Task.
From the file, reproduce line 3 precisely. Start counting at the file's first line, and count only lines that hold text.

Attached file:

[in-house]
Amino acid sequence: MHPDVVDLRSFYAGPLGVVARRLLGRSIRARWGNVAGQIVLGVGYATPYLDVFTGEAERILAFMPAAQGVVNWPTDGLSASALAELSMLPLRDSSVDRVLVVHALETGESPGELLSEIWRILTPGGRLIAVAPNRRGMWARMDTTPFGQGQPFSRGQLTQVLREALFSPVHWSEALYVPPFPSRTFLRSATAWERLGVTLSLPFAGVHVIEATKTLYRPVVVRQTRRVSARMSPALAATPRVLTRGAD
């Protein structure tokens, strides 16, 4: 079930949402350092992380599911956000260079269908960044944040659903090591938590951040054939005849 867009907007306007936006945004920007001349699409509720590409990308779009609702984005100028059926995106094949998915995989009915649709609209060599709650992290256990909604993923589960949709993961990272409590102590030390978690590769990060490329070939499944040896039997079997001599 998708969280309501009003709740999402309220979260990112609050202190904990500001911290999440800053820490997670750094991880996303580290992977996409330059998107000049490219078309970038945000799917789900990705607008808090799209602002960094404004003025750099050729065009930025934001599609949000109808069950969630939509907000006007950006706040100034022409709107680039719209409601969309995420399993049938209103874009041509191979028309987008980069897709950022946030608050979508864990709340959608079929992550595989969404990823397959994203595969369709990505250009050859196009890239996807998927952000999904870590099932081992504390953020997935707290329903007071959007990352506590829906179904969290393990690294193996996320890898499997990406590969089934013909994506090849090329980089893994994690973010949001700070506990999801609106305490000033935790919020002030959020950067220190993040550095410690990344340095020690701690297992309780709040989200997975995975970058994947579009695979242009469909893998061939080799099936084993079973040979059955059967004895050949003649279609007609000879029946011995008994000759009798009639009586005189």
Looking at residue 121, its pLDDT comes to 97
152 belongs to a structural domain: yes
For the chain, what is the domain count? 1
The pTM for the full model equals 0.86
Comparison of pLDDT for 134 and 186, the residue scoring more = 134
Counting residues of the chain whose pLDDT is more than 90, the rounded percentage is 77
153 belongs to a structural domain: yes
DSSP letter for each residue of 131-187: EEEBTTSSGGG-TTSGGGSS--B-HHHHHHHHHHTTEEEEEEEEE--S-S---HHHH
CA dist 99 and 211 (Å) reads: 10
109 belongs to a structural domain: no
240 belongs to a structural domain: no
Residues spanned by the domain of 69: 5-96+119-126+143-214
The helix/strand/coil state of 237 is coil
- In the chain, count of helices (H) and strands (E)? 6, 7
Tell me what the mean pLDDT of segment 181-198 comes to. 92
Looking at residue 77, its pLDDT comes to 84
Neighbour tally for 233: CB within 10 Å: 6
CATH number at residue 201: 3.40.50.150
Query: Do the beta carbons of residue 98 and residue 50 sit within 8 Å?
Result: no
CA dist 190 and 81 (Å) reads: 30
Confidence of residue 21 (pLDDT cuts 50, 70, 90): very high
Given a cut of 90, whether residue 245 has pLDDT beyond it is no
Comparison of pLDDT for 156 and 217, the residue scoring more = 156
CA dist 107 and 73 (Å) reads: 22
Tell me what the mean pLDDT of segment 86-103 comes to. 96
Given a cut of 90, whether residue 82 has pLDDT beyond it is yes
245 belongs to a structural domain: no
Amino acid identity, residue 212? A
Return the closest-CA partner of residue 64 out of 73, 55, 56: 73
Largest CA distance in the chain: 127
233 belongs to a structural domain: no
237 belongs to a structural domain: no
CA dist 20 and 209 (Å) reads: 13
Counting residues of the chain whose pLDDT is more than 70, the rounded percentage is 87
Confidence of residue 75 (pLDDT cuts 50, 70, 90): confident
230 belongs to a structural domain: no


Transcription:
């Protein structure tokens, strides 16, 4: 079930949402350092992380599911956000260079269908960044944040659903090591938590951040054939005849 867009907007306007936006945004920007001349699409509720590409990308779009609702984005100028059926995106094949998915995989009915649709609209060599709650992290256990909604993923589960949709993961990272409590102590030390978690590769990060490329070939499944040896039997079997001599 998708969280309501009003709740999402309220979260990112609050202190904990500001911290999440800053820490997670750094991880996303580290992977996409330059998107000049490219078309970038945000799917789900990705607008808090799209602002960094404004003025750099050729065009930025934001599609949000109808069950969630939509907000006007950006706040100034022409709107680039719209409601969309995420399993049938209103874009041509191979028309987008980069897709950022946030608050979508864990709340959608079929992550595989969404990823397959994203595969369709990505250009050859196009890239996807998927952000999904870590099932081992504390953020997935707290329903007071959007990352506590829906179904969290393990690294193996996320890898499997990406590969089934013909994506090849090329980089893994994690973010949001700070506990999801609106305490000033935790919020002030959020950067220190993040550095410690990344340095020690701690297992309780709040989200997975995975970058994947579009695979242009469909893998061939080799099936084993079973040979059955059967004895050949003649279609007609000879029946011995008994000759009798009639009586005189």